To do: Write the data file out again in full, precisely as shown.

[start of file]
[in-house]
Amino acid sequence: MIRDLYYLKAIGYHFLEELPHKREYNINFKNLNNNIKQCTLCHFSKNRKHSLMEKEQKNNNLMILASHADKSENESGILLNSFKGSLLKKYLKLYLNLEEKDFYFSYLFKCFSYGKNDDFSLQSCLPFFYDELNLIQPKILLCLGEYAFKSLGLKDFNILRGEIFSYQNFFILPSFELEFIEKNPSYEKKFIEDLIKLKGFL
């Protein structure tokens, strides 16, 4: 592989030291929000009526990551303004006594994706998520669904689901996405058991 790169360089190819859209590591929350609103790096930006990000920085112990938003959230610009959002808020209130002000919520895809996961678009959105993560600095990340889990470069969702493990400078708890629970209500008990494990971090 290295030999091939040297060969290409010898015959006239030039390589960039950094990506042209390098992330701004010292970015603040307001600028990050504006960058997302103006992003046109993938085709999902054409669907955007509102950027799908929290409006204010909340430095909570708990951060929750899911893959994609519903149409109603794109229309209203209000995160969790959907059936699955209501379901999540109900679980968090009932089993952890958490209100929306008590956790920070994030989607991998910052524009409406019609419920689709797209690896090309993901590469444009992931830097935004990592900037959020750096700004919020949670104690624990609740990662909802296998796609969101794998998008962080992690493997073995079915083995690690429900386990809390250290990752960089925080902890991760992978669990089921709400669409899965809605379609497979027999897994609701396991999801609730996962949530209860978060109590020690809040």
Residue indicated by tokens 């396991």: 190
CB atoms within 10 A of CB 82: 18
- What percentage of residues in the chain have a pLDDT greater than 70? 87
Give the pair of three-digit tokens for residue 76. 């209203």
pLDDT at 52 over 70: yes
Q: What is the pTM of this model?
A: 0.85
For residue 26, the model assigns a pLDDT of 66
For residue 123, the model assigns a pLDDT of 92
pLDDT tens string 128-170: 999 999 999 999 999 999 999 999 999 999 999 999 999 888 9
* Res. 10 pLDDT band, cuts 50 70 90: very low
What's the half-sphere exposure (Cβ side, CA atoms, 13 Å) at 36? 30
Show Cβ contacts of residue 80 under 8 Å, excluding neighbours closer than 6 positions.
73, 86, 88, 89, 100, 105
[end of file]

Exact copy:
[in-house]
Amino acid sequence: MIRDLYYLKAIGYHFLEELPHKREYNINFKNLNNNIKQCTLCHFSKNRKHSLMEKEQKNNNLMILASHADKSENESGILLNSFKGSLLKKYLKLYLNLEEKDFYFSYLFKCFSYGKNDDFSLQSCLPFFYDELNLIQPKILLCLGEYAFKSLGLKDFNILRGEIFSYQNFFILPSFELEFIEKNPSYEKKFIEDLIKLKGFL
């Protein structure tokens, strides 16, 4: 592989030291929000009526990551303004006594994706998520669904689901996405058991 790169360089190819859209590591929350609103790096930006990000920085112990938003959230610009959002808020209130002000919520895809996961678009959105993560600095990340889990470069969702493990400078708890629970209500008990494990971090 290295030999091939040297060969290409010898015959006239030039390589960039950094990506042209390098992330701004010292970015603040307001600028990050504006960058997302103006992003046109993938085709999902054409669907955007509102950027799908929290409006204010909340430095909570708990951060929750899911893959994609519903149409109603794109229309209203209000995160969790959907059936699955209501379901999540109900679980968090009932089993952890958490209100929306008590956790920070994030989607991998910052524009409406019609419920689709797209690896090309993901590469444009992931830097935004990592900037959020750096700004919020949670104690624990609740990662909802296998796609969101794998998008962080992690493997073995079915083995690690429900386990809390250290990752960089925080902890991760992978669990089921709400669409899965809605379609497979027999897994609701396991999801609730996962949530209860978060109590020690809040």
Residue indicated by tokens 């396991």: 190
CB atoms within 10 A of CB 82: 18
- What percentage of residues in the chain have a pLDDT greater than 70? 87
Give the pair of three-digit tokens for residue 76. 């209203």
pLDDT at 52 over 70: yes
Q: What is the pTM of this model?
A: 0.85
For residue 26, the model assigns a pLDDT of 66
For residue 123, the model assigns a pLDDT of 92
pLDDT tens string 128-170: 999 999 999 999 999 999 999 999 999 999 999 999 999 888 9
* Res. 10 pLDDT band, cuts 50 70 90: very low
What's the half-sphere exposure (Cβ side, CA atoms, 13 Å) at 36? 30
Show Cβ contacts of residue 80 under 8 Å, excluding neighbours closer than 6 positions.
73, 86, 88, 89, 100, 105